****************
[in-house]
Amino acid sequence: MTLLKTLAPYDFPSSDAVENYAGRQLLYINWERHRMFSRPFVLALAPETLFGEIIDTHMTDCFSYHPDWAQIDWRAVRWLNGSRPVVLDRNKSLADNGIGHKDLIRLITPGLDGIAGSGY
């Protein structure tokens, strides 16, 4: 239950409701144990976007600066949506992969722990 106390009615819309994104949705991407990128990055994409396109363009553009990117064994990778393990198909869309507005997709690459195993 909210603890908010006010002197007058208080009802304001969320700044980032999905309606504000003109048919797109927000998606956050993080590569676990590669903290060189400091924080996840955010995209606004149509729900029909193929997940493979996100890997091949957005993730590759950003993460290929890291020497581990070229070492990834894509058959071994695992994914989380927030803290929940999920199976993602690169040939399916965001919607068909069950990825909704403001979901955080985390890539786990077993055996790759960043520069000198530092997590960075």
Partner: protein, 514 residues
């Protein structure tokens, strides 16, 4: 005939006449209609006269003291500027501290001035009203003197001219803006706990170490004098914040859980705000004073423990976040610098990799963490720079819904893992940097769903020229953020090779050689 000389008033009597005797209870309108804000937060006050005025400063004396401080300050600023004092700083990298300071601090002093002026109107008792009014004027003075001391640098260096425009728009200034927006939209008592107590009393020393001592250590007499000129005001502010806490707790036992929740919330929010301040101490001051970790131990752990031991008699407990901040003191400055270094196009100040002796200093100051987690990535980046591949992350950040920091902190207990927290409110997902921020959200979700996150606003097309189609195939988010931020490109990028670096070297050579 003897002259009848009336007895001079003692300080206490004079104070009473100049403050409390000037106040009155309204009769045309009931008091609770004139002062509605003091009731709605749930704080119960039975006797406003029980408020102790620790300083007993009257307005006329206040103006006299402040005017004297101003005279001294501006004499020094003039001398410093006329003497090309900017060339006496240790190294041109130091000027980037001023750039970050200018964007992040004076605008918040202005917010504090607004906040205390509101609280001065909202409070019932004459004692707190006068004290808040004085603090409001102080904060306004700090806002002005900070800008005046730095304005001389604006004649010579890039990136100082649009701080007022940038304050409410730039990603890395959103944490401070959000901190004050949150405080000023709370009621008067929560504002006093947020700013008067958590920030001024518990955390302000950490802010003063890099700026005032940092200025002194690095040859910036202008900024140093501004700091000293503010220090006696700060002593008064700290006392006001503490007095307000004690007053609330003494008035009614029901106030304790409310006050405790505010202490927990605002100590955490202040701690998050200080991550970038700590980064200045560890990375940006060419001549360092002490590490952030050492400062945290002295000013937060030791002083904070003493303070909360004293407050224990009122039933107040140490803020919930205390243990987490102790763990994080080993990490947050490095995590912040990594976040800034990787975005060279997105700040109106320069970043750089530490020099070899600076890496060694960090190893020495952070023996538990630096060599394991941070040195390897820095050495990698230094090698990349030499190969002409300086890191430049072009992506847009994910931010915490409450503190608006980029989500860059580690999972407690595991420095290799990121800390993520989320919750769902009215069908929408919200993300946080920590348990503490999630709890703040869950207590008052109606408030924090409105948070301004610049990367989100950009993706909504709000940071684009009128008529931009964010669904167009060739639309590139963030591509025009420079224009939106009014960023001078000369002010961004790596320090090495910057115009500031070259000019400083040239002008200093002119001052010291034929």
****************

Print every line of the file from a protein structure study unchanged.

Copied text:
[in-house]
Amino acid sequence: MTLLKTLAPYDFPSSDAVENYAGRQLLYINWERHRMFSRPFVLALAPETLFGEIIDTHMTDCFSYHPDWAQIDWRAVRWLNGSRPVVLDRNKSLADNGIGHKDLIRLITPGLDGIAGSGY
């Protein structure tokens, strides 16, 4: 239950409701144990976007600066949506992969722990 106390009615819309994104949705991407990128990055994409396109363009553009990117064994990778393990198909869309507005997709690459195993 909210603890908010006010002197007058208080009802304001969320700044980032999905309606504000003109048919797109927000998606956050993080590569676990590669903290060189400091924080996840955010995209606004149509729900029909193929997940493979996100890997091949957005993730590759950003993460290929890291020497581990070229070492990834894509058959071994695992994914989380927030803290929940999920199976993602690169040939399916965001919607068909069950990825909704403001979901955080985390890539786990077993055996790759960043520069000198530092997590960075």
Partner: protein, 514 residues
């Protein structure tokens, strides 16, 4: 005939006449209609006269003291500027501290001035009203003197001219803006706990170490004098914040859980705000004073423990976040610098990799963490720079819904893992940097769903020229953020090779050689 000389008033009597005797209870309108804000937060006050005025400063004396401080300050600023004092700083990298300071601090002093002026109107008792009014004027003075001391640098260096425009728009200034927006939209008592107590009393020393001592250590007499000129005001502010806490707790036992929740919330929010301040101490001051970790131990752990031991008699407990901040003191400055270094196009100040002796200093100051987690990535980046591949992350950040920091902190207990927290409110997902921020959200979700996150606003097309189609195939988010931020490109990028670096070297050579 003897002259009848009336007895001079003692300080206490004079104070009473100049403050409390000037106040009155309204009769045309009931008091609770004139002062509605003091009731709605749930704080119960039975006797406003029980408020102790620790300083007993009257307005006329206040103006006299402040005017004297101003005279001294501006004499020094003039001398410093006329003497090309900017060339006496240790190294041109130091000027980037001023750039970050200018964007992040004076605008918040202005917010504090607004906040205390509101609280001065909202409070019932004459004692707190006068004290808040004085603090409001102080904060306004700090806002002005900070800008005046730095304005001389604006004649010579890039990136100082649009701080007022940038304050409410730039990603890395959103944490401070959000901190004050949150405080000023709370009621008067929560504002006093947020700013008067958590920030001024518990955390302000950490802010003063890099700026005032940092200025002194690095040859910036202008900024140093501004700091000293503010220090006696700060002593008064700290006392006001503490007095307000004690007053609330003494008035009614029901106030304790409310006050405790505010202490927990605002100590955490202040701690998050200080991550970038700590980064200045560890990375940006060419001549360092002490590490952030050492400062945290002295000013937060030791002083904070003493303070909360004293407050224990009122039933107040140490803020919930205390243990987490102790763990994080080993990490947050490095995590912040990594976040800034990787975005060279997105700040109106320069970043750089530490020099070899600076890496060694960090190893020495952070023996538990630096060599394991941070040195390897820095050495990698230094090698990349030499190969002409300086890191430049072009992506847009994910931010915490409450503190608006980029989500860059580690999972407690595991420095290799990121800390993520989320919750769902009215069908929408919200993300946080920590348990503490999630709890703040869950207590008052109606408030924090409105948070301004610049990367989100950009993706909504709000940071684009009128008529931009964010669904167009060739639309590139963030591509025009420079224009939106009014960023001078000369002010961004790596320090090495910057115009500031070259000019400083040239002008200093002119001052010291034929």